When the time comes to move into an aged care residence, there are many things to consider. Location, amenities, are reputation are some of the first things you might want to know about. But what about your spiritual needs?
Meaningful Ageing Australia (Meaningful Ageing) is the Australian national peak body for spiritual care and ageing and is made up of member organisations. According to Meaningful Ageing, spirituality is about what gives us a purpose to our lives. It is about our sources of meaning and hope, which in turn is intimately related to our connectedness to ourselves, to others and to the world.
Ilsa Hampton has been the CEO of Meaningful Ageing Australia for four years.
“We want to ensure that older people’s spiritual needs are being met, and we provide practical resources for providers, to show them how they can do that,” says Ilsa.
Meaningful Ageing was first formed in 2013, the idea for the organisation coming about through engaging with those who worked with older people and saw the benefit of a support resource for spirituality. Meaningful Ageing hit their stride in the last few years, and whilst they are still relatively small, in the last four years, they have gone from 26 members to 111. And they are looking forward to continuing to grow.
Meaningful Ageing’s See Me. Know Me. campaign, which commenced in February 2019, was a catalyst for the organisation. With assistance from Meaningful Ageing members, including VMCH, and financial support from the Commonwealth government, the campaign started as a way of educating older people about how spirituality fits into their lives, and how to look for an aged care provider who will give the right support.
It also brought about some outstanding outcomes.
“Some of the things we’ve seen happen as a result of the campaign is, as people engage with the See Me. Know Me. materials, they are surprised, relieved and enlightened to have an opportunity to reflect in a deeper way about themselves and their lives and to share that with others,” says Ilsa.
“Our initial goal was to help people find service providers that will value them as a whole person and to build spiritual literacy and empower older people.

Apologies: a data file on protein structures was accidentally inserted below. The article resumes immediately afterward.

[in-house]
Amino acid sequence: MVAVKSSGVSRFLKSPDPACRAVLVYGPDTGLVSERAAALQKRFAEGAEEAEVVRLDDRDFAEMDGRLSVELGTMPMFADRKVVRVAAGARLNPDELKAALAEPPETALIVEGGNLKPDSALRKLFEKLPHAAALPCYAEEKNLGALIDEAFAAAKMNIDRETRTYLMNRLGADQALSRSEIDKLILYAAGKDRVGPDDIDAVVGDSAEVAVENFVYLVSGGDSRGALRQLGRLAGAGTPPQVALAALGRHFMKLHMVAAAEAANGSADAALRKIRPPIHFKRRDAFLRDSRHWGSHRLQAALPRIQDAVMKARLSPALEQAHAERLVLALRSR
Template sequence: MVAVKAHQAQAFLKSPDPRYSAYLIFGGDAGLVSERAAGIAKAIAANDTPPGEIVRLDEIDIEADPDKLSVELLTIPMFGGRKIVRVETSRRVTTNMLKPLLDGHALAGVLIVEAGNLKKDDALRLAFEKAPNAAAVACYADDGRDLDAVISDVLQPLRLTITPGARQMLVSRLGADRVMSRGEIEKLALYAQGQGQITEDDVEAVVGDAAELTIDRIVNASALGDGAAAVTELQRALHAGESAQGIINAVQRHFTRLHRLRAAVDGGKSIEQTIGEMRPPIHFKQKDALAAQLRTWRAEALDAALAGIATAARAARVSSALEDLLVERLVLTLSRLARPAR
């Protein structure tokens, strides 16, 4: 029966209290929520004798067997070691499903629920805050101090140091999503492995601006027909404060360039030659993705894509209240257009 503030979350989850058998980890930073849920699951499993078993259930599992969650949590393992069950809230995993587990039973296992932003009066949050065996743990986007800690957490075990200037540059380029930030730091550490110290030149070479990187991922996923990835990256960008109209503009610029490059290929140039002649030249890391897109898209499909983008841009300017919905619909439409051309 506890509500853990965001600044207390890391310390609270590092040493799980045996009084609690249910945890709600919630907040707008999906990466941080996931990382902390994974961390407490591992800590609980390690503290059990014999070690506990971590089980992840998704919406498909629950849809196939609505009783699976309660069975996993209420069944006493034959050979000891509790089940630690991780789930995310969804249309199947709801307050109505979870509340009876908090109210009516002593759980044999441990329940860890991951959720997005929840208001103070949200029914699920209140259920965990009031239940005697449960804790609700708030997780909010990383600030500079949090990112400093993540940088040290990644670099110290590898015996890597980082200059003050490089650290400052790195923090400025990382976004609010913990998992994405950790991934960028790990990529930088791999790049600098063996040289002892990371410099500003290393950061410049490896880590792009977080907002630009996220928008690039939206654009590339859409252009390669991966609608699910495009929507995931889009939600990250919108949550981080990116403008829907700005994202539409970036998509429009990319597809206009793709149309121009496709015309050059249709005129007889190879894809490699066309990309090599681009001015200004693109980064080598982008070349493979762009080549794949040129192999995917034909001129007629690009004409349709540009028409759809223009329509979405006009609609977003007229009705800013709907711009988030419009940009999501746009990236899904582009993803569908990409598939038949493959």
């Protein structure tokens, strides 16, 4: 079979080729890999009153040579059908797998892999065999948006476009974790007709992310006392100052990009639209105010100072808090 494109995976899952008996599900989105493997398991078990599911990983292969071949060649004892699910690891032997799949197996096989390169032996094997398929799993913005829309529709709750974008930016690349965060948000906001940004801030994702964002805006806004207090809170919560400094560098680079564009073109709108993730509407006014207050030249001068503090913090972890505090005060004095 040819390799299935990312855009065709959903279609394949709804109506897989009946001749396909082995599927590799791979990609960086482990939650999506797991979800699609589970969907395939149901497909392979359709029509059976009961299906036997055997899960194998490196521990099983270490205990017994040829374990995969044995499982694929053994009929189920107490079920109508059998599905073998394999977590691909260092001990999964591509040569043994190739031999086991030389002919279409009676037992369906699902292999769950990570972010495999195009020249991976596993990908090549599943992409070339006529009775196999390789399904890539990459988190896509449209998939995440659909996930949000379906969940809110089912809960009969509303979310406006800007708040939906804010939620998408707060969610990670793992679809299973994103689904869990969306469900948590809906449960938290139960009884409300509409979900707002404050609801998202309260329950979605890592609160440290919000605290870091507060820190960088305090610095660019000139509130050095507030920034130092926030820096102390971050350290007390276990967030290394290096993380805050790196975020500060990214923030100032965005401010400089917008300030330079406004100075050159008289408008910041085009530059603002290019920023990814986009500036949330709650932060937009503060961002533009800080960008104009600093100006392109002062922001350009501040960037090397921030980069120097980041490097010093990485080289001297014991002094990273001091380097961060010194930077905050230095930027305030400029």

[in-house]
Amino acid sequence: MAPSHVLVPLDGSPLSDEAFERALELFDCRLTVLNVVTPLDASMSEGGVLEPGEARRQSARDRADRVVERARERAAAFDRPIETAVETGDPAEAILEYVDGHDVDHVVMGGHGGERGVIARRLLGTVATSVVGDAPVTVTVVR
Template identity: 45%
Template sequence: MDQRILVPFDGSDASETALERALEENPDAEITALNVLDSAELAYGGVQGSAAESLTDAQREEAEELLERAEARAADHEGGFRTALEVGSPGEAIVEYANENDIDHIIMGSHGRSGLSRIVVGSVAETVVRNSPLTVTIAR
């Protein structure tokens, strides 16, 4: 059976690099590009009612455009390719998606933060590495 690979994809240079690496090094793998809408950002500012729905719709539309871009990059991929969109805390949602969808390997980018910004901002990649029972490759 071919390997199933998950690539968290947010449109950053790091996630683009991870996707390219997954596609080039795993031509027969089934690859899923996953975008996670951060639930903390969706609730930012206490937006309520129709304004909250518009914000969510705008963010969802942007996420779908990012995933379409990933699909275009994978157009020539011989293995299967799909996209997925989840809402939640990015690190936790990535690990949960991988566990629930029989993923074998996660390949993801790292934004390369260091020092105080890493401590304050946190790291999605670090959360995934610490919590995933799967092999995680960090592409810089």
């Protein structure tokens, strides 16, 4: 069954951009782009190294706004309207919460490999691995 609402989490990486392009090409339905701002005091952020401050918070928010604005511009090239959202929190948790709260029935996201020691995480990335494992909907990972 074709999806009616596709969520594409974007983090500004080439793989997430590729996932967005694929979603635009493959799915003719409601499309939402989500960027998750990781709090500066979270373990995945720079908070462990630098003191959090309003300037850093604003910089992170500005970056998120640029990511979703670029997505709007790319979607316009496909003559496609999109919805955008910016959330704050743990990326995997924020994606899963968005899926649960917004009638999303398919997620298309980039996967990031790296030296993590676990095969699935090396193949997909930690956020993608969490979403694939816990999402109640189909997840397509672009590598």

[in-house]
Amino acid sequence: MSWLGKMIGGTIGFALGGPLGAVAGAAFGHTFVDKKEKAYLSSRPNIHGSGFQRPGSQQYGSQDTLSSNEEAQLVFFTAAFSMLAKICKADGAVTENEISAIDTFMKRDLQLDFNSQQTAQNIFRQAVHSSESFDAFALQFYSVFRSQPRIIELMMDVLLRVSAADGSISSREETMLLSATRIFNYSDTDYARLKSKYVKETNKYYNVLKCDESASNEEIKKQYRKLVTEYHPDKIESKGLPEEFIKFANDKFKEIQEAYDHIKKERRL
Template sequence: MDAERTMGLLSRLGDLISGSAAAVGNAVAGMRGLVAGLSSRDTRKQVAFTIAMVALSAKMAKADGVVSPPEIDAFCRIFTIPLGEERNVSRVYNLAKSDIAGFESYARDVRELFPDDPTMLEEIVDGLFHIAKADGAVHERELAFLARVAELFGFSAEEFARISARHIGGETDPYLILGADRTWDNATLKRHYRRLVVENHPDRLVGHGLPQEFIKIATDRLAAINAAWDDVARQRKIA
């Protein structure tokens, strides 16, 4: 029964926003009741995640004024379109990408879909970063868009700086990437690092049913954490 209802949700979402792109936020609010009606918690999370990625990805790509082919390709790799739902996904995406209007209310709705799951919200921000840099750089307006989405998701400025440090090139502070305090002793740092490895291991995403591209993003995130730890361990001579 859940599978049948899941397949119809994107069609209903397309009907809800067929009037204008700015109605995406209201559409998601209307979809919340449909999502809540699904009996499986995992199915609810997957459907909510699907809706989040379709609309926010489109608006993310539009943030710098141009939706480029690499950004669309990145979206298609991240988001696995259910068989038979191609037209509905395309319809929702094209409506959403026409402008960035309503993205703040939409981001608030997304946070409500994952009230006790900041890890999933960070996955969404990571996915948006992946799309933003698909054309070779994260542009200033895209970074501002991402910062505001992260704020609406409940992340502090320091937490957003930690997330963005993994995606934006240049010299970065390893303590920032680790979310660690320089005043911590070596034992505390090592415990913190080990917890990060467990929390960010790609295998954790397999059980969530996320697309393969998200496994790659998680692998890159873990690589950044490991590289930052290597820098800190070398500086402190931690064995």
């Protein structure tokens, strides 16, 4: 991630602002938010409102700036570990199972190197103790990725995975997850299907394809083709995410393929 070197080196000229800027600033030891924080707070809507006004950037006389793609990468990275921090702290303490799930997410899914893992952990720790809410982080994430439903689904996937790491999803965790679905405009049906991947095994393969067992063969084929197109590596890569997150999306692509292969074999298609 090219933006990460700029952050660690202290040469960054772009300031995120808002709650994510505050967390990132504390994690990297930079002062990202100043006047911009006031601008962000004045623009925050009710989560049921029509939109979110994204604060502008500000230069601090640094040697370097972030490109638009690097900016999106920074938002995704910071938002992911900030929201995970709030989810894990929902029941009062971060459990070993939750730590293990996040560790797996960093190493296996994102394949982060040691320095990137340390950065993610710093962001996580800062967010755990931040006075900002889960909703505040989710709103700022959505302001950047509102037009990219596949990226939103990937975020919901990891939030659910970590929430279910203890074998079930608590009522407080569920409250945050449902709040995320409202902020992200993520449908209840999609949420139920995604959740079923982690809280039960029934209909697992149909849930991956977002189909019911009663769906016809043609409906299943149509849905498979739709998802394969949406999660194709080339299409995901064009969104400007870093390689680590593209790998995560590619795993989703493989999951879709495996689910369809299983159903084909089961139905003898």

“What we then uncovered was this real gap in older people’s lives around feeling well regarded, well connected and well understood. Even by their own families and communities. In life right now, some older people are saying “my family don’t even know what I am interested in, or some of my big life stories.”
“We published additional material to equip people to have those interesting and deeper conversations, hopefully in a fun way, but adding something to their lives and relationships.”
Meaningful Ageing also published a list of Top 10 Questions for Aged Care, to help older people get past the shiny foyers, websites and promises from providers. The aim was to build spiritual literacy and empower older people.
Ilsa says these questions aren’t necessarily about providers having the perfect answer, but how they respond.
“Do they try to fob you off, are they uncomfortable, or do they actually engage? If they don’t have the answer that’s ok, they can consider your questions and get back to you. You need to look, listen and get a feel of the quality of the relationships between the staff and older people.
“Can you see staff engaging with people as a whole person, do they looking them in the eye, do they walk alongside them? Are people actively engaged and are their activities meaningful to each person?”
Ilsa says her vision for the future is that every engagement a person has with a service is one that leaves them walking away feeling like they were profoundly understood.
“It is important for our spirituality as we age that we have a chance to reflect, to have a sense of legacy, and to be seen as a whole person. If these needs are met, the inner self will then become stronger, even as we become physically weaker.
“I would just love for every person to have that deep feeling of being valued, nurtured and supported, at every touchpoint.”